The rule would not expressly address the insurance issue, except to cite the general liability landscape as part of the need for the rule, which seeks to prevent the worst disasters from happening and mitigate damages from those that do.
Gaps in insurance coverage became an issue after the July 2013 disaster in Lac-Mégantic, Quebec, which occurred when a train that had been left unattended careened down an incline, derailed and charred much of the downtown area, killing 47 people. The damages from that wreck could stretch into the billions of dollars, but the railroad responsible for the derailment carried only $25 million of insurance and wound up declaring bankruptcy.
DOT’s analysis says most of the largest railroads commonly carry around $25 million in insurance, though that can rise to as much as $50 million for trains hauling certain kinds of hazardous chemicals. Smaller railroads — such as the one in the Lac-Mégantic disaster — often carry much less than that.
But the agency’s Pipeline and Hazardous Materials Safety Administration estimated that the average derailment that spills crude oil will mean $25 million in total costs — bumping up against most of even the largest railroads’ current insurance limits.
(For “higher-consequence events” — such as the one in Lac-Mégantic — “it appears that no amount of coverage is adequate,” the analysis says. That’s because the maximum amount of coverage available on the market is $1 billion per carrier, per incident.
“You should know the railroads are used to running bare — without adequate insurance,” said Fred Millar, an independent rail consultant who has criticized the government’s oversight of oil trains. “And the situation that is described in the [analysis] from Lac-Mégantic is only just the tip of the iceberg. The railroads basically know that they have cargoes that can cause massive, enormously greater death and destruction than what happened in Lac-Mégantic.”
Devorah Ancel, an attorney for the Sierra Club, said insurance coverage “needs to catch up with the heightened risk that is part of this industry now,” because otherwise “taxpayers end up covering it.”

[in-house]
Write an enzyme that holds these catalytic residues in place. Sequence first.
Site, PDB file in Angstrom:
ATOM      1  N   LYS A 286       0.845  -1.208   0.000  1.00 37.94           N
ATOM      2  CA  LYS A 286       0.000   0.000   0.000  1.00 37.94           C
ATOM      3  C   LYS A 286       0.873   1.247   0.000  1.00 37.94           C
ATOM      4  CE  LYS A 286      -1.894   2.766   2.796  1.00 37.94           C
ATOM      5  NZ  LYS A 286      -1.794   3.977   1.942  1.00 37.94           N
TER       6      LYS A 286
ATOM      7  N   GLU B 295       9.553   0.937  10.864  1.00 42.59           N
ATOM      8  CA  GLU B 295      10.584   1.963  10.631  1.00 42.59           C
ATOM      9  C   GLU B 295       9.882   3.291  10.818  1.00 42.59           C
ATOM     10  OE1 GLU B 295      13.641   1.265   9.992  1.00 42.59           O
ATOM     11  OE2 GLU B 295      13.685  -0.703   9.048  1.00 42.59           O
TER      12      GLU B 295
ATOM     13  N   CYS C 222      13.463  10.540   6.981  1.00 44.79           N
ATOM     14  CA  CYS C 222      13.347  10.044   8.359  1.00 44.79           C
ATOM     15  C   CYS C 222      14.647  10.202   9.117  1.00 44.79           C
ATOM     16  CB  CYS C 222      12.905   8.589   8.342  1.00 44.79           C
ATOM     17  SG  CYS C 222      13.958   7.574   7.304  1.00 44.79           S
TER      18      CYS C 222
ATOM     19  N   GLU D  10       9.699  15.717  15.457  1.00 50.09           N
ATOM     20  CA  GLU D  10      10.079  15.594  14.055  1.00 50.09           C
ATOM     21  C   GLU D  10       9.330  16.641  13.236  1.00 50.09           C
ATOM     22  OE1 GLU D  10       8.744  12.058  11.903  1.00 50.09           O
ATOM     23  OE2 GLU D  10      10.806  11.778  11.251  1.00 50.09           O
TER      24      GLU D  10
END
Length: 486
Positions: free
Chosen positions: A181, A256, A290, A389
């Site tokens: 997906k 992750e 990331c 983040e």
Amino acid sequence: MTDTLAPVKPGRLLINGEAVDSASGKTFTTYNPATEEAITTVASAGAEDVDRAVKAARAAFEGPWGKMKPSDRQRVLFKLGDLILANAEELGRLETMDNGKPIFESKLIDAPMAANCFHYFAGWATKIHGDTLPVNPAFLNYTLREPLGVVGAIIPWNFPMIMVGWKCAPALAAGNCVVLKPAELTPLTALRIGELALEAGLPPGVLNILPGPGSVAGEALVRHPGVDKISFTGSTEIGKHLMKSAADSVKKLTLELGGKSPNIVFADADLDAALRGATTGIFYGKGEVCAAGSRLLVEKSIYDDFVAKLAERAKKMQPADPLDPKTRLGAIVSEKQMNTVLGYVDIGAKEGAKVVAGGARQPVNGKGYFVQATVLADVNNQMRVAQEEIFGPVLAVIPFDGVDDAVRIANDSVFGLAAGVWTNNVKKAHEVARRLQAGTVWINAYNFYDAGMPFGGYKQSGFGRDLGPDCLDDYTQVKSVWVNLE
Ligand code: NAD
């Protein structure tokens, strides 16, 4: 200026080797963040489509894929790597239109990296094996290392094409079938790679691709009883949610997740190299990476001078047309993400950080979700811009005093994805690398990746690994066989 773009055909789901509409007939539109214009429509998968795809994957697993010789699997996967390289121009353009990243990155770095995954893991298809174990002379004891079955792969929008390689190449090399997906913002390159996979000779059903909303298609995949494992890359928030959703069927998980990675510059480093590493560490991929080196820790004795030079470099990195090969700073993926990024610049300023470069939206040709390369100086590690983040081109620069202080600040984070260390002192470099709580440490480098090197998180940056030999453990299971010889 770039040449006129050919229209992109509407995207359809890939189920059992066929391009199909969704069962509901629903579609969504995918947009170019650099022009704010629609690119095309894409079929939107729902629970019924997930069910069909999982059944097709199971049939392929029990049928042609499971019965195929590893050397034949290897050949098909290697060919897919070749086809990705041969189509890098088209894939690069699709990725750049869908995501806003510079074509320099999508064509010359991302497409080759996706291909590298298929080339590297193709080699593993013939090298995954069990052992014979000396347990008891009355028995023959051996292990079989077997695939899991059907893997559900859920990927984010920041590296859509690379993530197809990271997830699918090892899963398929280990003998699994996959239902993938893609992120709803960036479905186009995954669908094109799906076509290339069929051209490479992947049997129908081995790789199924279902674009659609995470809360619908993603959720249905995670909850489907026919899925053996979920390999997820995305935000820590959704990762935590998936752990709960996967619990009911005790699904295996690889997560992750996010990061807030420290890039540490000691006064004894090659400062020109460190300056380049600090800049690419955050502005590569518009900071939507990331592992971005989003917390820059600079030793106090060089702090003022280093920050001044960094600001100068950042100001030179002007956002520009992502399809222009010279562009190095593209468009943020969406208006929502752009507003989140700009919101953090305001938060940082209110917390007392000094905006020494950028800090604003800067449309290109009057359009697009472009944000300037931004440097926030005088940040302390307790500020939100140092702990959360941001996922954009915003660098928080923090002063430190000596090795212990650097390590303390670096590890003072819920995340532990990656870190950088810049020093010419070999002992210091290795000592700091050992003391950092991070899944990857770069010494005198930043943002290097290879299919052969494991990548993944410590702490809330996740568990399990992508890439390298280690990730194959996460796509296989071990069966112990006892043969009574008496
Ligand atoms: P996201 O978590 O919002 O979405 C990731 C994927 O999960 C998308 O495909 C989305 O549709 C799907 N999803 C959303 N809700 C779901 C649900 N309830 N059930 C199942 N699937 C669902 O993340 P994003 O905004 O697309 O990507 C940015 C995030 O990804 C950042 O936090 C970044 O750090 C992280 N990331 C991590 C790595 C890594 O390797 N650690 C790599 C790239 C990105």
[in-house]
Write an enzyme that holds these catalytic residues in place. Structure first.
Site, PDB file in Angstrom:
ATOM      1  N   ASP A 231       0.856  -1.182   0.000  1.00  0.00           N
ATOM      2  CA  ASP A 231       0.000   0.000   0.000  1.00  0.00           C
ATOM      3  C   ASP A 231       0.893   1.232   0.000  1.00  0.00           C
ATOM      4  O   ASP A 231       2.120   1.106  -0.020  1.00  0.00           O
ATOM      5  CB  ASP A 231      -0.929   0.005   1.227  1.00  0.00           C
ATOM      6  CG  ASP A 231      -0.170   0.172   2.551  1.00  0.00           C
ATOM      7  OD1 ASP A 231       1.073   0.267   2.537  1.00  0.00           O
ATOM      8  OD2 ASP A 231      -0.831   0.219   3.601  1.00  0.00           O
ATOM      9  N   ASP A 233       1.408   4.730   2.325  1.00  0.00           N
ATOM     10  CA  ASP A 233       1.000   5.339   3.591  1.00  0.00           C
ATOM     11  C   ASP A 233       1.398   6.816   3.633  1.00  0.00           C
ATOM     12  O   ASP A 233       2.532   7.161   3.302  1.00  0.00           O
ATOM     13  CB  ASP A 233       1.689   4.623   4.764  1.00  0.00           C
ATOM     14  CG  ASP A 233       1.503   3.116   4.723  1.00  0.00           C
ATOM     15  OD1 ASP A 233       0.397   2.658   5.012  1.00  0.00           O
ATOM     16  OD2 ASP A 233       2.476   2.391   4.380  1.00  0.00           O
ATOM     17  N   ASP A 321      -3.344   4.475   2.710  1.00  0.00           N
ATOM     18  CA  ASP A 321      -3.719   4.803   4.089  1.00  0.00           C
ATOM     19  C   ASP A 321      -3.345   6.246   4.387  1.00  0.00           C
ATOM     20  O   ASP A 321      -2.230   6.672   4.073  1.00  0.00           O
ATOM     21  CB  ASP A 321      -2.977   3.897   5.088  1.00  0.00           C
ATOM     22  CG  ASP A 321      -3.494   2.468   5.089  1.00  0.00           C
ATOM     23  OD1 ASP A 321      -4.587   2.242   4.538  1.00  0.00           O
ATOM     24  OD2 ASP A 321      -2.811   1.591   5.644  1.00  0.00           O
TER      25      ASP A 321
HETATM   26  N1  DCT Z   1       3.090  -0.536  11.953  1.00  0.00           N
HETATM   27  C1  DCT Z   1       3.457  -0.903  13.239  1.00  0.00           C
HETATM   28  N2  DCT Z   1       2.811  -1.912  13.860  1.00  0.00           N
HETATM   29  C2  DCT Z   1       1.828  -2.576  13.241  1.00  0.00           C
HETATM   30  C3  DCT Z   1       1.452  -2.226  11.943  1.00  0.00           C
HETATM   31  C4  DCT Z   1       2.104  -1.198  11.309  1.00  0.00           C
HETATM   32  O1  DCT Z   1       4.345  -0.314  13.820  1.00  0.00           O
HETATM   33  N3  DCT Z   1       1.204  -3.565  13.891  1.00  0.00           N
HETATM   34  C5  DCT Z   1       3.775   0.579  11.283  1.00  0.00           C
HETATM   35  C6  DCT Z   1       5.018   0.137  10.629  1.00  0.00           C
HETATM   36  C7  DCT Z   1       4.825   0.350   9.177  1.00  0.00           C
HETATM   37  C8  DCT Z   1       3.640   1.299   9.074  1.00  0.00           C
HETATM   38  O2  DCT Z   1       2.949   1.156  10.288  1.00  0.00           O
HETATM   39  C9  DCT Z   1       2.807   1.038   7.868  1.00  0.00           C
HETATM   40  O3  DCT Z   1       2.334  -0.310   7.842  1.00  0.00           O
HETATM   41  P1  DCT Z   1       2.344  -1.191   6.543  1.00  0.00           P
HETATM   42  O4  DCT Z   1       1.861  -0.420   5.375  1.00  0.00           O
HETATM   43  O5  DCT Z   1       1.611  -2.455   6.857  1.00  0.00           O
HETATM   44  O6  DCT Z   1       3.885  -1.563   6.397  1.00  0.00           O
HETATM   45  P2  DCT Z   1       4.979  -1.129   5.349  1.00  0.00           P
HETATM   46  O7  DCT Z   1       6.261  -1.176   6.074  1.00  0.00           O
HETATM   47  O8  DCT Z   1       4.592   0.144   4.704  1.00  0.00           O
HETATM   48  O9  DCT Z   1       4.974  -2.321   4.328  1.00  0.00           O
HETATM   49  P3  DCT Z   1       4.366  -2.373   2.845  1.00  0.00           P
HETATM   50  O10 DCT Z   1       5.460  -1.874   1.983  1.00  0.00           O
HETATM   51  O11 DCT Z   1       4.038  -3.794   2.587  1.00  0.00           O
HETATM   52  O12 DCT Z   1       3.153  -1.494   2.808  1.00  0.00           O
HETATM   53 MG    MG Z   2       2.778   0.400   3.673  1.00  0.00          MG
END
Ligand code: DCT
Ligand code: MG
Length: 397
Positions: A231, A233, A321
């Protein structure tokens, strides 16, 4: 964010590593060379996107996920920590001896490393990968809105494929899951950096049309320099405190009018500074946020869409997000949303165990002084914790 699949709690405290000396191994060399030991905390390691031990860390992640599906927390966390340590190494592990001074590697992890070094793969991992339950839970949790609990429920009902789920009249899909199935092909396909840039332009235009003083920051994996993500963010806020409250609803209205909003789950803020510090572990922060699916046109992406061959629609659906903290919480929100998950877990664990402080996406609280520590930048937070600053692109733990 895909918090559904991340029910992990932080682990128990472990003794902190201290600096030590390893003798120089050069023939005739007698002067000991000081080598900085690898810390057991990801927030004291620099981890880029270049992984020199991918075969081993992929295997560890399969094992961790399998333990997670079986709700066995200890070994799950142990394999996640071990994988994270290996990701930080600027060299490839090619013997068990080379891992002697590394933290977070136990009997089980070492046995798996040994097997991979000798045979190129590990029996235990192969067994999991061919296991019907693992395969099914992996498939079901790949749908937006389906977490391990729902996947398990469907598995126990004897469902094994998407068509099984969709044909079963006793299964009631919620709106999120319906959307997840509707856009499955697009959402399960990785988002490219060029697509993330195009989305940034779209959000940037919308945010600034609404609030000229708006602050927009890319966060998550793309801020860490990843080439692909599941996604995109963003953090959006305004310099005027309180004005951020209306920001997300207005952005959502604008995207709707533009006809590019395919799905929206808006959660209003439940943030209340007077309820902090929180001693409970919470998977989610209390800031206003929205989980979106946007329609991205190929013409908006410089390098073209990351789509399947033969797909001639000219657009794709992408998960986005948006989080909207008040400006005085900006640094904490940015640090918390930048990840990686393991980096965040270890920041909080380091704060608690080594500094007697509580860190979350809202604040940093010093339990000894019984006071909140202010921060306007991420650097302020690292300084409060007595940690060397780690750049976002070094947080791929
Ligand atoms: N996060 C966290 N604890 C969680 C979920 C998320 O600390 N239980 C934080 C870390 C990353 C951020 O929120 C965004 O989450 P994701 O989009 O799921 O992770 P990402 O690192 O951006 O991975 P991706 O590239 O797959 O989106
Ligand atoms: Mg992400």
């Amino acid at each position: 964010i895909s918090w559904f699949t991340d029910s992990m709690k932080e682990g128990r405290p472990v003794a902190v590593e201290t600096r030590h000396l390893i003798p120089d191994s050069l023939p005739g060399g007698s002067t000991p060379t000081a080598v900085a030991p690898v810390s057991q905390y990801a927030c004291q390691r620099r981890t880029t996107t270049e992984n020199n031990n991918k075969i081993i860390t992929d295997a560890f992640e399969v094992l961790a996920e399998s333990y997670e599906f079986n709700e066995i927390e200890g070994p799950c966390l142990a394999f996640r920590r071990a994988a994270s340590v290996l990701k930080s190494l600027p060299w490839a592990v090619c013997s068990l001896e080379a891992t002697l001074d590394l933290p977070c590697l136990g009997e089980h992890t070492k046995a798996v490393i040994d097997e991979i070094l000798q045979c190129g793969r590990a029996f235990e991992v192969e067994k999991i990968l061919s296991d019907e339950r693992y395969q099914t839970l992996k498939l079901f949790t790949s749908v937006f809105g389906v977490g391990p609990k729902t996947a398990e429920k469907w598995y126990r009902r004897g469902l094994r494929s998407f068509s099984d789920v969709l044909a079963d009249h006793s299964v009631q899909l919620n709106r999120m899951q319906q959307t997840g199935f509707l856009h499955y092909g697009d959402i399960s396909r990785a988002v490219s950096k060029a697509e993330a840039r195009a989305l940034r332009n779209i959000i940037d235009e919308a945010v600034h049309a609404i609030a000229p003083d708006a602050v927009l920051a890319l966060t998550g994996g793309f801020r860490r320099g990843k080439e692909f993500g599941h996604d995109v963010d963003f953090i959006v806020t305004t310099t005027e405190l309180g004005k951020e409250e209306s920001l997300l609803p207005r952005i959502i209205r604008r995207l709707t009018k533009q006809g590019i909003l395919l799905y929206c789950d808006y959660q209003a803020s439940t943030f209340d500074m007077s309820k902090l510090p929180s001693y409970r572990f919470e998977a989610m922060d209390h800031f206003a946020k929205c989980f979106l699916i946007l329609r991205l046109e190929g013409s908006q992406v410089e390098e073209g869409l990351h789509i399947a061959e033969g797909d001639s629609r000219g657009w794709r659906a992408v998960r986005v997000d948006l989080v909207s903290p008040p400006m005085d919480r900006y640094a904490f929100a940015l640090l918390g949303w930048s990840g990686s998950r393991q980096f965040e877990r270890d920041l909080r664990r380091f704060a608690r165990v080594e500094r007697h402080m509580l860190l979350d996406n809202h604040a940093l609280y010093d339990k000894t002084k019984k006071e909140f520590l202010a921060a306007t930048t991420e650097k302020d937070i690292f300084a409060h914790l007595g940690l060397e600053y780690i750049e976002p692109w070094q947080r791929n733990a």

The Association of American Railroads declined to comment, saying the group is still reviewing the pending rule and its supporting documents, including the regulatory analysis, and the American Petroleum Institute said it would file its comments as part of the public comment period.
(We are working closely with regulators and the rail industry in a comprehensive effort to enhance safety through accident prevention, mitigation and response,” API said.
But railroads know they’re underinsured and have groused about the status quo, particularly considering the fact that energy companies that ship oil and ethanol largely do not bear any liability for an incident once their product is loaded onto a train. And under “common carrier” regulations, railroads cannot refuse a shipment any kind of material assuming it meets proper regulations.
Warren Buffett’s BNSF railroad, the pioneer in the oil train industry, has been requesting that railroads get some of the same protections now afforded to the nuclear power industry, using the Price-Anderson Act as a model. That law requires power companies to contribute to an insurance fund that would be used in the event of an accident, and it also partially indemnifies the nuclear power industry.
The DOT analysis also points to a systemic weakness in the way the federal government collects data on derailments of crude oil and ethanol trains. In the section dealing with the probability of major rail accidents, the analysis observes that it’s “impossible to isolate the derailment rate of only crude oil and ethanol trains” due to “limitations in the reported data.”
(That’s because PHMSA requires an incident report to be filed only if the incident led to the release of a hazardous material — so derailments that did not result in a spill aren’t included. As a result, even some dramatic accidents aren’t included in the database — for instance, one earlier this year that resulted in a crude oil train dangling over Philadelphia’s Schuylkill River.
Separately, DOT’s Federal Railroad Administration maintains data on derailments, including how much hazardous material was released — but doesn’t identify what type of substance it was. “As a result, it is impossible to use FRA data to identify crude and ethanol derailments,” the department said.
And the data that is reported, particularly to PHMSA, is often inaccurate, largely because it is self-reported by railroads or shippers, according to the analysis. And these self-reports often underestimate the damages done in spill incidents.
According to the analysis, damage information reported to PHMSA is typically “only the most basic costs” such as the value of spilled petroleum and damage to tracks and cars.
“PHMSA believes that response costs and basic cleanup costs, when they are reported, do not represent the full costs of an accident of the response,” the report said.
Underreporting damages, particularly for environmental cleanup costs, ends up hiding the true impact of a spill from policymakers, Sierra Club’s Ancel said. She hopes the pending rule will address the issue.
“It is extremely important that the industry is required to adequately report — and there should be some sort of mechanism in the rule where the agency has inspectors that are ensuring that they are,” she said. “So not only should the industry be on the hook for reporting, but the agency needs to be able to have the resources to ensure that they are.”